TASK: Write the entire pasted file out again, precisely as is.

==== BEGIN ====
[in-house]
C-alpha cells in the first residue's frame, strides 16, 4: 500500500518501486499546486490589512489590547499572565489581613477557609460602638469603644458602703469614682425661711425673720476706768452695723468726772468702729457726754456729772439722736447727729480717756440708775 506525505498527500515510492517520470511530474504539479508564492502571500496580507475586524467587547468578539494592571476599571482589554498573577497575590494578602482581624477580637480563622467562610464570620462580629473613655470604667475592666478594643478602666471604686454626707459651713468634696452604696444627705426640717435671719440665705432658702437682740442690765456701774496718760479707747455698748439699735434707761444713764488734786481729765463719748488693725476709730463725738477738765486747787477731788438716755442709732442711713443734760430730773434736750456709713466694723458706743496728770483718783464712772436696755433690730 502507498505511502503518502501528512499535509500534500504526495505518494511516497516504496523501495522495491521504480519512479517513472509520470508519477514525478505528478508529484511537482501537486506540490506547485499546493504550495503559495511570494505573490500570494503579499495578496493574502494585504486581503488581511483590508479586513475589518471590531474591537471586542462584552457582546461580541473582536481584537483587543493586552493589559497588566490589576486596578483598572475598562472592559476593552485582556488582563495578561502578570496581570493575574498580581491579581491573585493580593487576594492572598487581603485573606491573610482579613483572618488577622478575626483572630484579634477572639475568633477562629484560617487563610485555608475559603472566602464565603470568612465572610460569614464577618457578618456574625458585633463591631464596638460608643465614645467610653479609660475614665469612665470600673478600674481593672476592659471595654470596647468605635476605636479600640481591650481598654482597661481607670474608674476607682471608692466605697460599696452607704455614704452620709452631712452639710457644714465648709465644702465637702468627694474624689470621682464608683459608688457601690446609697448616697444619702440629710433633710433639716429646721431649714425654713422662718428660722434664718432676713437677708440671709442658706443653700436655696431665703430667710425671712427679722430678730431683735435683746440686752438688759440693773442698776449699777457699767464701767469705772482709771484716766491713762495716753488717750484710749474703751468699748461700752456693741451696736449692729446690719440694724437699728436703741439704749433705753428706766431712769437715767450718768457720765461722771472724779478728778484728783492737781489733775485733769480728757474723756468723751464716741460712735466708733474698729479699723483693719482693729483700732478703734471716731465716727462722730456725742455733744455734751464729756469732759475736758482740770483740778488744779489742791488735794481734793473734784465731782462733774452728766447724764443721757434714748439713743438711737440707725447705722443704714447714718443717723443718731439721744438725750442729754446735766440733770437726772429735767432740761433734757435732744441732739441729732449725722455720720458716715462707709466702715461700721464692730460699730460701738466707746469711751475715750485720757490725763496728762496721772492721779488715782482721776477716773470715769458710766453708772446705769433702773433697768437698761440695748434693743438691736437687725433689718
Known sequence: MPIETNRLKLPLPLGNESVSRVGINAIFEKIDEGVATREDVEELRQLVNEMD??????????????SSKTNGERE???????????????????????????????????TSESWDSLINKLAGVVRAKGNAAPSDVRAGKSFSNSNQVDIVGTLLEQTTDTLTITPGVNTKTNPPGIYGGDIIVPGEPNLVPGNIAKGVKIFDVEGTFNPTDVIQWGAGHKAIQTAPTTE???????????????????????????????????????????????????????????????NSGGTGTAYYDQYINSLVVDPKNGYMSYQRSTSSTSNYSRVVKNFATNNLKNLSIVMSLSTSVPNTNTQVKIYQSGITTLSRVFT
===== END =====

[in-house]
C-alpha cells in the first residue's frame, strides 16, 4: 500500500518501486499546486490589512489590547499572565489581613477557609460602638469603644458602703469614682425661711425673720476706768452695723468726772468702729457726754456729772439722736447727729480717756440708775 506525505498527500515510492517520470511530474504539479508564492502571500496580507475586524467587547468578539494592571476599571482589554498573577497575590494578602482581624477580637480563622467562610464570620462580629473613655470604667475592666478594643478602666471604686454626707459651713468634696452604696444627705426640717435671719440665705432658702437682740442690765456701774496718760479707747455698748439699735434707761444713764488734786481729765463719748488693725476709730463725738477738765486747787477731788438716755442709732442711713443734760430730773434736750456709713466694723458706743496728770483718783464712772436696755433690730 502507498505511502503518502501528512499535509500534500504526495505518494511516497516504496523501495522495491521504480519512479517513472509520470508519477514525478505528478508529484511537482501537486506540490506547485499546493504550495503559495511570494505573490500570494503579499495578496493574502494585504486581503488581511483590508479586513475589518471590531474591537471586542462584552457582546461580541473582536481584537483587543493586552493589559497588566490589576486596578483598572475598562472592559476593552485582556488582563495578561502578570496581570493575574498580581491579581491573585493580593487576594492572598487581603485573606491573610482579613483572618488577622478575626483572630484579634477572639475568633477562629484560617487563610485555608475559603472566602464565603470568612465572610460569614464577618457578618456574625458585633463591631464596638460608643465614645467610653479609660475614665469612665470600673478600674481593672476592659471595654470596647468605635476605636479600640481591650481598654482597661481607670474608674476607682471608692466605697460599696452607704455614704452620709452631712452639710457644714465648709465644702465637702468627694474624689470621682464608683459608688457601690446609697448616697444619702440629710433633710433639716429646721431649714425654713422662718428660722434664718432676713437677708440671709442658706443653700436655696431665703430667710425671712427679722430678730431683735435683746440686752438688759440693773442698776449699777457699767464701767469705772482709771484716766491713762495716753488717750484710749474703751468699748461700752456693741451696736449692729446690719440694724437699728436703741439704749433705753428706766431712769437715767450718768457720765461722771472724779478728778484728783492737781489733775485733769480728757474723756468723751464716741460712735466708733474698729479699723483693719482693729483700732478703734471716731465716727462722730456725742455733744455734751464729756469732759475736758482740770483740778488744779489742791488735794481734793473734784465731782462733774452728766447724764443721757434714748439713743438711737440707725447705722443704714447714718443717723443718731439721744438725750442729754446735766440733770437726772429735767432740761433734757435732744441732739441729732449725722455720720458716715462707709466702715461700721464692730460699730460701738466707746469711751475715750485720757490725763496728762496721772492721779488715782482721776477716773470715769458710766453708772446705769433702773433697768437698761440695748434693743438691736437687725433689718
Known sequence: MPIETNRLKLPLPLGNESVSRVGINAIFEKIDEGVATREDVEELRQLVNEMD??????????????SSKTNGERE???????????????????????????????????TSESWDSLINKLAGVVRAKGNAAPSDVRAGKSFSNSNQVDIVGTLLEQTTDTLTITPGVNTKTNPPGIYGGDIIVPGEPNLVPGNIAKGVKIFDVEGTFNPTDVIQWGAGHKAIQTAPTTE???????????????????????????????????????????????????????????????NSGGTGTAYYDQYINSLVVDPKNGYMSYQRSTSSTSNYSRVVKNFATNNLKNLSIVMSLSTSVPNTNTQVKIYQSGITTLSRVFT